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Treatment for Kidney stones varies depending on the size and type of the stone or the symptoms caused by it. In case of small stones, medication and simple changes in lifestyle can be enough to treat it, but surgeries and extensive treatments are required if symptoms are severe. Following are treatment options for kidney stones:
- Small stones with minimal symptoms: Drinking water: Drinking around 3 litres of water a day will regulate your urinary system and can effectively eliminate small stones. Unless your doctor advices otherwise, drinking ample amount of fluids, usually water, is one of the commonest way to get rid of small kidney stones.
- Pain relievers: There might be a considerable amount of pain and discomfort associated with passing the stone through urine. Your doctor may recommend pain killers like Ibuprofen, Naproxen sodium or acetaminophen.
- Medical therapy: In order to eliminate the kidney stone, your doctor may administer medical therapy. Medication like alpha blocker helps in passing the kidney stone with least pain and more quickly. It relaxes the muscles in the ureter and makes the process relatively easy.
Large stones with severe symptoms:
- Extracorporeal Lithotripsy (ESWL): ESWL uses the help of sound waves to create vibrations which breaks the stones in smaller pieces. This procedure takes about an hour and can cause mild pain and discomfort. Your doctor may administer sedatives to reduce your sensitivity. More than one sessions of ESWL may be required depending upon the response. ESWL has side effects like blood in urine or bruising in the abdomen.
- Surgical removal of kidney stones: Surgical removal of kidney stones is done with the help of a procedure called percutaneous nephrolithotomy (PCNL). It uses small telescopes and other instruments which are inserted in your back through a small incision. It is generally done in case of large stones and when ESWL fails.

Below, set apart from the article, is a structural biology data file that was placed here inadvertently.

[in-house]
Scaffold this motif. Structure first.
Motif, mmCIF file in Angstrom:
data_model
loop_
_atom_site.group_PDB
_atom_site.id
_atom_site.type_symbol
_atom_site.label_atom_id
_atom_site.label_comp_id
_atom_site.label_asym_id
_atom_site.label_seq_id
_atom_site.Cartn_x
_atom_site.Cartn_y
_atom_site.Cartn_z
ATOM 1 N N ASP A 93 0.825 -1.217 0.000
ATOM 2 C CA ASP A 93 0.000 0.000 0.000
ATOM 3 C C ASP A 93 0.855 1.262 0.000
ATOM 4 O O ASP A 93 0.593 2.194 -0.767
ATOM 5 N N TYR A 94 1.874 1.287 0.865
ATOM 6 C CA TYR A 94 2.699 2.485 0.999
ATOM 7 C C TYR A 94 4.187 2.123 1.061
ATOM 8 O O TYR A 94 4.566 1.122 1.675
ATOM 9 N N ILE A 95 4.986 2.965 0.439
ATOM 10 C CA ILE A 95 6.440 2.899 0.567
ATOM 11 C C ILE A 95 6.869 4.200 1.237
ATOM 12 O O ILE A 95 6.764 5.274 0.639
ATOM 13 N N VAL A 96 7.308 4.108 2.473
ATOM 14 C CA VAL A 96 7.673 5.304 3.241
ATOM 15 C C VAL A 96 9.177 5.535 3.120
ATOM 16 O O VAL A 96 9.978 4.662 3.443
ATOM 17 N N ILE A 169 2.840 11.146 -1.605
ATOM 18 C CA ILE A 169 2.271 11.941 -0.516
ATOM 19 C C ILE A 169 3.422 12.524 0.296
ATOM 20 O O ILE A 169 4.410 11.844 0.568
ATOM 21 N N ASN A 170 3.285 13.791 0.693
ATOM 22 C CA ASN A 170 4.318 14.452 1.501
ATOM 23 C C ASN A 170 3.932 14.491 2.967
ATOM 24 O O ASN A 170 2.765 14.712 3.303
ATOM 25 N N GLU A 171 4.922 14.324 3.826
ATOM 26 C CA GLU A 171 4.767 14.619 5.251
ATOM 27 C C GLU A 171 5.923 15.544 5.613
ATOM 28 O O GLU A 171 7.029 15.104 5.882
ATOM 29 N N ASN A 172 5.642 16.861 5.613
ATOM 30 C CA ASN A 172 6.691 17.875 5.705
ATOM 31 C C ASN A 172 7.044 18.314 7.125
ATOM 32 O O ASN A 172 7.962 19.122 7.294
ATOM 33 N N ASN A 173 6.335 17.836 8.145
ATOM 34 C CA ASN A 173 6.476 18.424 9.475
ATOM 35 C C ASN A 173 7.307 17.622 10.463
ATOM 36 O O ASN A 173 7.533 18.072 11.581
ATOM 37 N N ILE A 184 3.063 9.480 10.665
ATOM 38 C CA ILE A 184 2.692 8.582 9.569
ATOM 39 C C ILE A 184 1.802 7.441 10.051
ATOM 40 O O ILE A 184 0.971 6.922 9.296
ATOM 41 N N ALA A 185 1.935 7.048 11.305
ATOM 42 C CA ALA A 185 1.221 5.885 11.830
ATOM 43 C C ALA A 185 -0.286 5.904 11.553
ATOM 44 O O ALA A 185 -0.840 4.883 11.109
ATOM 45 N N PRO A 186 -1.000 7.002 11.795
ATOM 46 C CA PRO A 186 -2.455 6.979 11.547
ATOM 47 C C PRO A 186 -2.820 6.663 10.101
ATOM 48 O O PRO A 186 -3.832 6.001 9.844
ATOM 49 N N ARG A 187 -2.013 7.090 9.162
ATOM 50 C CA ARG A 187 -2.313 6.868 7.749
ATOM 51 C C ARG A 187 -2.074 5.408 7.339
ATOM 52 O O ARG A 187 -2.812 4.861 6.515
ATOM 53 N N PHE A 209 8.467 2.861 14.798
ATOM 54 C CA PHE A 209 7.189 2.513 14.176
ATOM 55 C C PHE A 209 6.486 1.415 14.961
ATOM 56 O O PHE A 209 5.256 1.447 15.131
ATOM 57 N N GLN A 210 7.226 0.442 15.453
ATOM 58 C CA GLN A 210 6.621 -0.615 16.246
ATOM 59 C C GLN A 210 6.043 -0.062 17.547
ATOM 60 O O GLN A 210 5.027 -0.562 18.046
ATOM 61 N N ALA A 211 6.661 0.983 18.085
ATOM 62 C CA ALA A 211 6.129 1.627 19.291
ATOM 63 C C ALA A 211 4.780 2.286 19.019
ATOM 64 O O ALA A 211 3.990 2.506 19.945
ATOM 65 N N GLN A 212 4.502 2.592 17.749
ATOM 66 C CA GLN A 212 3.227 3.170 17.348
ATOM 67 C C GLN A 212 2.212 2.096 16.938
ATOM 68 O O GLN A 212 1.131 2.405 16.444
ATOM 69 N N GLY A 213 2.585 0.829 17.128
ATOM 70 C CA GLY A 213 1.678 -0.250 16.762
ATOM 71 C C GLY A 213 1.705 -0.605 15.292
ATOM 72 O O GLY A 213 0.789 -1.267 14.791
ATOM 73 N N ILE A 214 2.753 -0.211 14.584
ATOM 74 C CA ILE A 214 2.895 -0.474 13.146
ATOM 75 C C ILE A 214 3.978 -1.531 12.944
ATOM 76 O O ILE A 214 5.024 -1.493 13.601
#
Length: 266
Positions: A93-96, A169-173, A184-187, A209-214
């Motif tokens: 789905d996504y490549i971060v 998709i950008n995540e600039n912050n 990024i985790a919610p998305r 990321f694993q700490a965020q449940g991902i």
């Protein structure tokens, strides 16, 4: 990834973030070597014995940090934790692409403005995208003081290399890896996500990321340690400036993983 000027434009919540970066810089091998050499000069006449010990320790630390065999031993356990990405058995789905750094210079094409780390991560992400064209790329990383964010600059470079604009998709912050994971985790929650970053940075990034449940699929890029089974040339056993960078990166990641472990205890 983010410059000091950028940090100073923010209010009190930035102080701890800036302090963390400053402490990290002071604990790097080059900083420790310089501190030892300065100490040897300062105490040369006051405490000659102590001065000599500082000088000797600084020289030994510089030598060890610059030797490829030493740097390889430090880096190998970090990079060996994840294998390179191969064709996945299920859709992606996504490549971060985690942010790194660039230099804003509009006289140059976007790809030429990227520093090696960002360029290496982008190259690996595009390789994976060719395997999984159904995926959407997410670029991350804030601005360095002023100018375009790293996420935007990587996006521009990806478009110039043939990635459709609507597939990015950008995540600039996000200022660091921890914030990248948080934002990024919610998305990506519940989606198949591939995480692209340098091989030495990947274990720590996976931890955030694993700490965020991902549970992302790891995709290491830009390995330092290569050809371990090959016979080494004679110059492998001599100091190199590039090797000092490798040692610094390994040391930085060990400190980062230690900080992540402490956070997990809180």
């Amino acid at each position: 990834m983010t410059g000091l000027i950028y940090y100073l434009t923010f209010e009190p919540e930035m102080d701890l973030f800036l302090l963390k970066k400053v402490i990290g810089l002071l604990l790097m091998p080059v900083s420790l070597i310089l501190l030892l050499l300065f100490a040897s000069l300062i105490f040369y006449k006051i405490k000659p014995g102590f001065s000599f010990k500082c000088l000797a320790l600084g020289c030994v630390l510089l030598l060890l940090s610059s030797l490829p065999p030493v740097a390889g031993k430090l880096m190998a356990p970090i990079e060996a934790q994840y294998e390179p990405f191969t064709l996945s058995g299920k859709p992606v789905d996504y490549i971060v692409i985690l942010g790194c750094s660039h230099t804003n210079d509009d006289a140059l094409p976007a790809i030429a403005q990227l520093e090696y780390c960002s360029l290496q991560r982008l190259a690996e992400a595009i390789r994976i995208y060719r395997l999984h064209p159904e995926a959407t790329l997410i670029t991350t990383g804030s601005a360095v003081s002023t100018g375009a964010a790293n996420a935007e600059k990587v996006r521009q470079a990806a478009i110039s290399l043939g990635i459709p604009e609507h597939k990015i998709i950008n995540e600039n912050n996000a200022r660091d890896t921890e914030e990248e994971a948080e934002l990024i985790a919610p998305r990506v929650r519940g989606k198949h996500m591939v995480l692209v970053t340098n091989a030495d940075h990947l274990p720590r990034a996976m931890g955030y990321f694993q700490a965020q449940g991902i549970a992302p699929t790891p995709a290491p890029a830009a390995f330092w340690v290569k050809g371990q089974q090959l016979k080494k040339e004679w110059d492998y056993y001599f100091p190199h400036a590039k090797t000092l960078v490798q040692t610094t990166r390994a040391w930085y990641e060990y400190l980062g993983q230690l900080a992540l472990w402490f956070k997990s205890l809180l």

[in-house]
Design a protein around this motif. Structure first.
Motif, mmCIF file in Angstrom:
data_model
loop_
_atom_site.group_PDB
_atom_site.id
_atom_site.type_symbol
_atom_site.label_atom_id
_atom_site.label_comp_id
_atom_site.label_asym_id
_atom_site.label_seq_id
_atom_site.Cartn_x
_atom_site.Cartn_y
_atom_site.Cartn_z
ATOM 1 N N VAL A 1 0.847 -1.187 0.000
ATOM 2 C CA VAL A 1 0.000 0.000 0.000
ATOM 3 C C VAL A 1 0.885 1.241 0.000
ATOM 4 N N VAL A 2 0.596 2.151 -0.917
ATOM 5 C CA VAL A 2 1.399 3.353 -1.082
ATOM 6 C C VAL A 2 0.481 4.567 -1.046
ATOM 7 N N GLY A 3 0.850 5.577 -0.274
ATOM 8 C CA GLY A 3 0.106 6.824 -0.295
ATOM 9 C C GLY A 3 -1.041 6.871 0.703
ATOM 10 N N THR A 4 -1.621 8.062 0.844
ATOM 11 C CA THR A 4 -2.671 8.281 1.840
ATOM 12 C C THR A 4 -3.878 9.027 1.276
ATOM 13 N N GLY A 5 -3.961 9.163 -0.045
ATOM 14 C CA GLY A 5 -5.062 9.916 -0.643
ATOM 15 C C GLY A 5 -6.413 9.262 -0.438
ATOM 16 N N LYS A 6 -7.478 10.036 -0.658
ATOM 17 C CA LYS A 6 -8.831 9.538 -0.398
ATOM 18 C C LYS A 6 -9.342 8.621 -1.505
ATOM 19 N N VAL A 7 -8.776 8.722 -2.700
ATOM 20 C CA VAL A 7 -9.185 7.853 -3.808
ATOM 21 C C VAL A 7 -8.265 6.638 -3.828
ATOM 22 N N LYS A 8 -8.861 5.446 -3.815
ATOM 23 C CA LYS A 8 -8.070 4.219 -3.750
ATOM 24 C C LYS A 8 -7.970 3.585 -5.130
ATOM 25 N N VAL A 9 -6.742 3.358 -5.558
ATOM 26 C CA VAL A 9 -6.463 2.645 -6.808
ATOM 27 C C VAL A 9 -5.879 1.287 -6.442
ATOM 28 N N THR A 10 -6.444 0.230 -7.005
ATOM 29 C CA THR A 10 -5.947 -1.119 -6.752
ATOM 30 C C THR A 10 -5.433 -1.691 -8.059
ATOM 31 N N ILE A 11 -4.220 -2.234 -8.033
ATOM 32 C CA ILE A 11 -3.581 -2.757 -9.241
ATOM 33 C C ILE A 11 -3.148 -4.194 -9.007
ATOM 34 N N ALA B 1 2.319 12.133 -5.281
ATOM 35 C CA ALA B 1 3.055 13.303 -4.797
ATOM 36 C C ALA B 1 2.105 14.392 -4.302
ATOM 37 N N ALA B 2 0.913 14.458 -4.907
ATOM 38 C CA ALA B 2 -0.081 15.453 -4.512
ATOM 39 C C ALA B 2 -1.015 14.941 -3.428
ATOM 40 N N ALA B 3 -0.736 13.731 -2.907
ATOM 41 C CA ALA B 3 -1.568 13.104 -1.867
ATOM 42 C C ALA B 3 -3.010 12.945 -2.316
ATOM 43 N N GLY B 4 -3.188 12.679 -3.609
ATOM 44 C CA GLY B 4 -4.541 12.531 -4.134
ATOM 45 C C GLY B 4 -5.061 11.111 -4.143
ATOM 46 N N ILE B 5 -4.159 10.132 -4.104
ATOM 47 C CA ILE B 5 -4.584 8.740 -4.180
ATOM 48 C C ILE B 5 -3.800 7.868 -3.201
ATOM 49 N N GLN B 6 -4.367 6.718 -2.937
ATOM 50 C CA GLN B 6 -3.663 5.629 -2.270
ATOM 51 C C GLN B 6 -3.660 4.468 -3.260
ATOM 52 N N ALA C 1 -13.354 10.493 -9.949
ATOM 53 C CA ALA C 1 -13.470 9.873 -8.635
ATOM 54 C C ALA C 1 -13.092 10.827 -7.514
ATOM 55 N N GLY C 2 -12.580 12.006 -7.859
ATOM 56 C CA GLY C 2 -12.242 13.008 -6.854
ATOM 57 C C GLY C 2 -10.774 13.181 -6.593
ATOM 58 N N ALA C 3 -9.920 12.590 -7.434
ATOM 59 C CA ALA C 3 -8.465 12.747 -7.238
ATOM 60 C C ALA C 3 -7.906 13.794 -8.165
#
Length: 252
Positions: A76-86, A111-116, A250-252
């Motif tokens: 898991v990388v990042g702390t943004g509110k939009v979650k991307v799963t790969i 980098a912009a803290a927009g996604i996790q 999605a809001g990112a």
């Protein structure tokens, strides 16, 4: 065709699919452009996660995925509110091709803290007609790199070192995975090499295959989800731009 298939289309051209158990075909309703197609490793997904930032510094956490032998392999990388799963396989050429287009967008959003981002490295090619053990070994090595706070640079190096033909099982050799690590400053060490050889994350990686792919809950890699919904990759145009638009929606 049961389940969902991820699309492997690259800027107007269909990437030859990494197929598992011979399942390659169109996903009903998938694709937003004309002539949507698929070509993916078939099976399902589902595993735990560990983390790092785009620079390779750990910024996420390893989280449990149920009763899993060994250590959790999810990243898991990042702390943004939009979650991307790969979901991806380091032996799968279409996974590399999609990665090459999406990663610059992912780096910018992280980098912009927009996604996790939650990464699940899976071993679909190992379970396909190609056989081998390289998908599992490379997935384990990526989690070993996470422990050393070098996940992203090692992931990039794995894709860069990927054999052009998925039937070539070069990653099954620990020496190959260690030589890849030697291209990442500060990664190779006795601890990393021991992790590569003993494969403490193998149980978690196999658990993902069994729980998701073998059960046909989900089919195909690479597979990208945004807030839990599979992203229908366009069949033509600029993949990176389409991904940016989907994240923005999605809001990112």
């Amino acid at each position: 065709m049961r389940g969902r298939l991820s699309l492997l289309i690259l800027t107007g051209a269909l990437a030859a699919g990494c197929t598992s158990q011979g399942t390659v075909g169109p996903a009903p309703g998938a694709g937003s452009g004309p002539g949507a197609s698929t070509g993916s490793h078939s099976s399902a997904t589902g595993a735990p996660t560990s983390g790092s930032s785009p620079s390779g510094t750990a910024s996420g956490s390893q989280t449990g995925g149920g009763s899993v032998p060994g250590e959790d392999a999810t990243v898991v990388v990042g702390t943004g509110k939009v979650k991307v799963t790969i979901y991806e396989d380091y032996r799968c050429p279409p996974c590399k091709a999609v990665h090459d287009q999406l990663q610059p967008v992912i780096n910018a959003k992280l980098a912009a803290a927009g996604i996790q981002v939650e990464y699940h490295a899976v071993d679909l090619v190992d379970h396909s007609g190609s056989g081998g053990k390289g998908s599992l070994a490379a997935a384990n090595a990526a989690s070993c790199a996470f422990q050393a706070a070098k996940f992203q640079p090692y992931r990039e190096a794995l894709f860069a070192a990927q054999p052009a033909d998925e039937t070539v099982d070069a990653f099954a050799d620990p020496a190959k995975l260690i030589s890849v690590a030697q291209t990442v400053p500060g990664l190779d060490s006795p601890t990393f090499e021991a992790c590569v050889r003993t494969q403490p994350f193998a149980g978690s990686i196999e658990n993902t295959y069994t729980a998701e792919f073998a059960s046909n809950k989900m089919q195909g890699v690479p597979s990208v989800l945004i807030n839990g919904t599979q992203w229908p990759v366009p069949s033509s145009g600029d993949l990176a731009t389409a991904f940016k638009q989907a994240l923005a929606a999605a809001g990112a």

- Ureterorenoscopy (URS): A thin illuminated tube called ureteroscope is used to remove a stones in the ureter (a tube leading from kidney to the urinary bladder). The ureteroscope is equipped with a tiny camera which determines the location of the stone which is then broken into pieces with the help of other instruments. It may require general or regional anesthesia.
- Retrograde Intrarenal Surgery (RIRS): In this procedure a flexible endoscope is passed through the urethra into the ureter and the kidney. The stone is localised and is fragmented into small pieces with the help of laser. Fragments are then removed through the urethra. Usually a stent is placed after the surgery which is removed after a couple of weeks. If you wish to discuss about any specific problem, you can consult a Urologist.
I am 31 weeks pregnant .suddenly I have started severe pain in right side to Lower abdominal pain vomiting ,motion .immeditaly I visited to clinic of my Gynecologist after examination she said it in not to relate pregnancy . Either food posing or kidney pain. Suggested for ultrasound . In this report right renal hydrolysis diagnosed . She give me pain killer and antibiotic and advise to contact urologist. Who has also diagnose same thing and suggest before delivery can not examine is any stone in right kidney. So just for pain relief and to remove urine blockage they inserted 5 mm stain in my urinary track. Beside this I have still pain in my right side of abdomen back to lower. What to do please suggest.
I am 24 year old female .final year mbbs student, I was having pain loin to groin. So I get USG done .i found 4 mm LK stone. Also I was taking protein diet like 4eggs a day plus whey protein .and now I am taking neeri syrup nd cystone tablets for it. Frm 1 week. So I want to knw in how many days I will get relief frm this. Because the pain is still thr and should I also stop taking whey protein supplement? Can not I take only one scoop a day. Is it really harmful?
My mother in law is suffering from high blood pressure since many years. Her Age - 48 yrs. Weight - 65 kg. Her uterus was removed 10 years back. Her gall bladder was removed many years back. She had undergone many medical tests. Everything came out normal. She is taking so many medicines. But still sometimes her blood pressure shoots up. Since last couple of days its 180/100. She is feeling uneasiness, lethargic, weakness, neck pain all most all the time. She is self employed. Lives alone. Husband passed away long time back. Daughter married. She is taking Amtas 5 mg, Telday H 80 mg, Zabesta 2.5 mg, Aztolet (10+75), Minipress XL 10 mg, Rablet IT, Thyrox 75 mcg, CCM tab every day. Her Blood Urea & Creatinine Serum Creatinine 0.9 mg/dL, Urea Serum 20 mg/dL. FREE T4 - Serum 16.01 pmol/L. TSH Serum 4.38. Metanephirines 633.3 (24 hrs urine sample). Potassium- Serum 4.4. Sodium- Serum 131. Glucose-Plasma (Fasting) 91. Vitamin D Total- Serum 16. Her CT 128 Cardiac Angio was done. Findings- Normal. Aldosterone-Serum 13.90. CT Scan of whole abdomen (specially adrenal gland) was done. Fundings- No Adenoma, No Pheochromocytoma. Patchy calcification of hepatic parenchyma seen-likely, healed granuloma. Bilateral non obstructing renal calculi (at lower pole). No adrenal SOL identified. Stone found in left kidney.